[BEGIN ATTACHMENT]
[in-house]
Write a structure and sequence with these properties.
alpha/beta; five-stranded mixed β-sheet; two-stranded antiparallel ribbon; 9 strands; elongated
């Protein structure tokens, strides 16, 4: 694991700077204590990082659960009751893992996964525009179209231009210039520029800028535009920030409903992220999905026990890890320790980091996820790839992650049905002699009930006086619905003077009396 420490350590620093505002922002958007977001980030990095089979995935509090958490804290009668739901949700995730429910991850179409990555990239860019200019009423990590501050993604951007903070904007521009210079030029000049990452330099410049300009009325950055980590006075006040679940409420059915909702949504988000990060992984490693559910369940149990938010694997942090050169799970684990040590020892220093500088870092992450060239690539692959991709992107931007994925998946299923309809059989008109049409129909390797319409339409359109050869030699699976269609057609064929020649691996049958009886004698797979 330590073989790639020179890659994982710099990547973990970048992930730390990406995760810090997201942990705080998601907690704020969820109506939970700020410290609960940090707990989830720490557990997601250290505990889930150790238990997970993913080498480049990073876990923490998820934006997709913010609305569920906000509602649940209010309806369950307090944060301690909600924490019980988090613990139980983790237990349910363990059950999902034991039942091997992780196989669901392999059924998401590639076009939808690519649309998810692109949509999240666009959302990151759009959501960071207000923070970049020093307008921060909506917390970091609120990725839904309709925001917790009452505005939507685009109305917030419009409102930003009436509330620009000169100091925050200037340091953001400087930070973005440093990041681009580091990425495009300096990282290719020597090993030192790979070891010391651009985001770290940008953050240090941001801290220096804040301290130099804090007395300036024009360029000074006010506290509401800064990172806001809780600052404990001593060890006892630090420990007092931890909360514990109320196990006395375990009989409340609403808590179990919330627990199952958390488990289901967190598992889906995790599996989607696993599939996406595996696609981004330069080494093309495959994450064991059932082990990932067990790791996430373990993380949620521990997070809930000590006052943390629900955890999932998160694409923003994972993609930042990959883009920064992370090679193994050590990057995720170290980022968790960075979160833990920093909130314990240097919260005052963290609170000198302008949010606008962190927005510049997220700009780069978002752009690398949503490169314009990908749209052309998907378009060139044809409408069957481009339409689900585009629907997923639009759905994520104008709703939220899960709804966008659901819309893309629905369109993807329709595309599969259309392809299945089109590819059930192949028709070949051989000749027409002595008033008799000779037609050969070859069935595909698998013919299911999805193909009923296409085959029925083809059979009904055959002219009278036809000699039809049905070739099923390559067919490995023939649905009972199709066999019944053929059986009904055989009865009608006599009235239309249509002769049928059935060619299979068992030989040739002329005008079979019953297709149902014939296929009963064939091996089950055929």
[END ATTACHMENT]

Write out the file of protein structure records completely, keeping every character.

[in-house]
Write a structure and sequence with these properties.
alpha/beta; five-stranded mixed β-sheet; two-stranded antiparallel ribbon; 9 strands; elongated
């Protein structure tokens, strides 16, 4: 694991700077204590990082659960009751893992996964525009179209231009210039520029800028535009920030409903992220999905026990890890320790980091996820790839992650049905002699009930006086619905003077009396 420490350590620093505002922002958007977001980030990095089979995935509090958490804290009668739901949700995730429910991850179409990555990239860019200019009423990590501050993604951007903070904007521009210079030029000049990452330099410049300009009325950055980590006075006040679940409420059915909702949504988000990060992984490693559910369940149990938010694997942090050169799970684990040590020892220093500088870092992450060239690539692959991709992107931007994925998946299923309809059989008109049409129909390797319409339409359109050869030699699976269609057609064929020649691996049958009886004698797979 330590073989790639020179890659994982710099990547973990970048992930730390990406995760810090997201942990705080998601907690704020969820109506939970700020410290609960940090707990989830720490557990997601250290505990889930150790238990997970993913080498480049990073876990923490998820934006997709913010609305569920906000509602649940209010309806369950307090944060301690909600924490019980988090613990139980983790237990349910363990059950999902034991039942091997992780196989669901392999059924998401590639076009939808690519649309998810692109949509999240666009959302990151759009959501960071207000923070970049020093307008921060909506917390970091609120990725839904309709925001917790009452505005939507685009109305917030419009409102930003009436509330620009000169100091925050200037340091953001400087930070973005440093990041681009580091990425495009300096990282290719020597090993030192790979070891010391651009985001770290940008953050240090941001801290220096804040301290130099804090007395300036024009360029000074006010506290509401800064990172806001809780600052404990001593060890006892630090420990007092931890909360514990109320196990006395375990009989409340609403808590179990919330627990199952958390488990289901967190598992889906995790599996989607696993599939996406595996696609981004330069080494093309495959994450064991059932082990990932067990790791996430373990993380949620521990997070809930000590006052943390629900955890999932998160694409923003994972993609930042990959883009920064992370090679193994050590990057995720170290980022968790960075979160833990920093909130314990240097919260005052963290609170000198302008949010606008962190927005510049997220700009780069978002752009690398949503490169314009990908749209052309998907378009060139044809409408069957481009339409689900585009629907997923639009759905994520104008709703939220899960709804966008659901819309893309629905369109993807329709595309599969259309392809299945089109590819059930192949028709070949051989000749027409002595008033008799000779037609050969070859069935595909698998013919299911999805193909009923296409085959029925083809059979009904055959002219009278036809000699039809049905070739099923390559067919490995023939649905009972199709066999019944053929059986009904055989009865009608006599009235239309249509002769049928059935060619299979068992030989040739002329005008079979019953297709149902014939296929009963064939091996089950055929």